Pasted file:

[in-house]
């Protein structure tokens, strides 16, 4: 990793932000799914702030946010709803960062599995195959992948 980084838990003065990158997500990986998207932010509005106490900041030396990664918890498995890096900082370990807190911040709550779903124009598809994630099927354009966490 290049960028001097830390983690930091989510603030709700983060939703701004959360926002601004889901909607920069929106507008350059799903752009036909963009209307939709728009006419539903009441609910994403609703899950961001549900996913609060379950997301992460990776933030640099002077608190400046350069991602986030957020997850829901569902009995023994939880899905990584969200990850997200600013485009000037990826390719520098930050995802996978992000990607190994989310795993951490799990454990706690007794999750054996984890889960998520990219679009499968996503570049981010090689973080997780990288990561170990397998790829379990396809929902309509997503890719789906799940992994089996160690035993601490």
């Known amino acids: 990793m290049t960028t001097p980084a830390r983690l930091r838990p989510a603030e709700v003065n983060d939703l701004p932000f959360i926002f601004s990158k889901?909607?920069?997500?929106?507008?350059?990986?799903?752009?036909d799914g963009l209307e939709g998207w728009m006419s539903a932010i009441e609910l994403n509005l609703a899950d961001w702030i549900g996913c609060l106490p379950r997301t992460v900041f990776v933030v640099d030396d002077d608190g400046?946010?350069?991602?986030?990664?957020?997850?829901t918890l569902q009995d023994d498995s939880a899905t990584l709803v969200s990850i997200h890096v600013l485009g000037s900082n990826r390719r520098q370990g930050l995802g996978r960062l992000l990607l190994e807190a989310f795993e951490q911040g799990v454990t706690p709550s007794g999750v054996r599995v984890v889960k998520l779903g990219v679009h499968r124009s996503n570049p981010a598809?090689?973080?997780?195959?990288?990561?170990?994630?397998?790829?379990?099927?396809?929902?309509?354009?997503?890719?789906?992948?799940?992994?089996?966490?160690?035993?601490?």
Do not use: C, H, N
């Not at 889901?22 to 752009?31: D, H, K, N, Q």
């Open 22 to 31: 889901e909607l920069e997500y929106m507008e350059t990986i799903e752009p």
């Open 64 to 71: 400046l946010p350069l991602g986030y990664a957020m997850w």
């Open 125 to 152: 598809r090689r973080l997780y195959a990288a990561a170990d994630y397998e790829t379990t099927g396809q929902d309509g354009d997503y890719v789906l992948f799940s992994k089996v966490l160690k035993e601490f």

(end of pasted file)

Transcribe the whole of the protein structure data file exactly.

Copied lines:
[in-house]
């Protein structure tokens, strides 16, 4: 990793932000799914702030946010709803960062599995195959992948 980084838990003065990158997500990986998207932010509005106490900041030396990664918890498995890096900082370990807190911040709550779903124009598809994630099927354009966490 290049960028001097830390983690930091989510603030709700983060939703701004959360926002601004889901909607920069929106507008350059799903752009036909963009209307939709728009006419539903009441609910994403609703899950961001549900996913609060379950997301992460990776933030640099002077608190400046350069991602986030957020997850829901569902009995023994939880899905990584969200990850997200600013485009000037990826390719520098930050995802996978992000990607190994989310795993951490799990454990706690007794999750054996984890889960998520990219679009499968996503570049981010090689973080997780990288990561170990397998790829379990396809929902309509997503890719789906799940992994089996160690035993601490």
């Known amino acids: 990793m290049t960028t001097p980084a830390r983690l930091r838990p989510a603030e709700v003065n983060d939703l701004p932000f959360i926002f601004s990158k889901?909607?920069?997500?929106?507008?350059?990986?799903?752009?036909d799914g963009l209307e939709g998207w728009m006419s539903a932010i009441e609910l994403n509005l609703a899950d961001w702030i549900g996913c609060l106490p379950r997301t992460v900041f990776v933030v640099d030396d002077d608190g400046?946010?350069?991602?986030?990664?957020?997850?829901t918890l569902q009995d023994d498995s939880a899905t990584l709803v969200s990850i997200h890096v600013l485009g000037s900082n990826r390719r520098q370990g930050l995802g996978r960062l992000l990607l190994e807190a989310f795993e951490q911040g799990v454990t706690p709550s007794g999750v054996r599995v984890v889960k998520l779903g990219v679009h499968r124009s996503n570049p981010a598809?090689?973080?997780?195959?990288?990561?170990?994630?397998?790829?379990?099927?396809?929902?309509?354009?997503?890719?789906?992948?799940?992994?089996?966490?160690?035993?601490?």
Do not use: C, H, N
């Not at 889901?22 to 752009?31: D, H, K, N, Q």
């Open 22 to 31: 889901e909607l920069e997500y929106m507008e350059t990986i799903e752009p």
């Open 64 to 71: 400046l946010p350069l991602g986030y990664a957020m997850w």
């Open 125 to 152: 598809r090689r973080l997780y195959a990288a990561a170990d994630y397998e790829t379990t099927g396809q929902d309509g354009d997503y890719v789906l992948f799940s992994k089996v966490l160690k035993e601490f």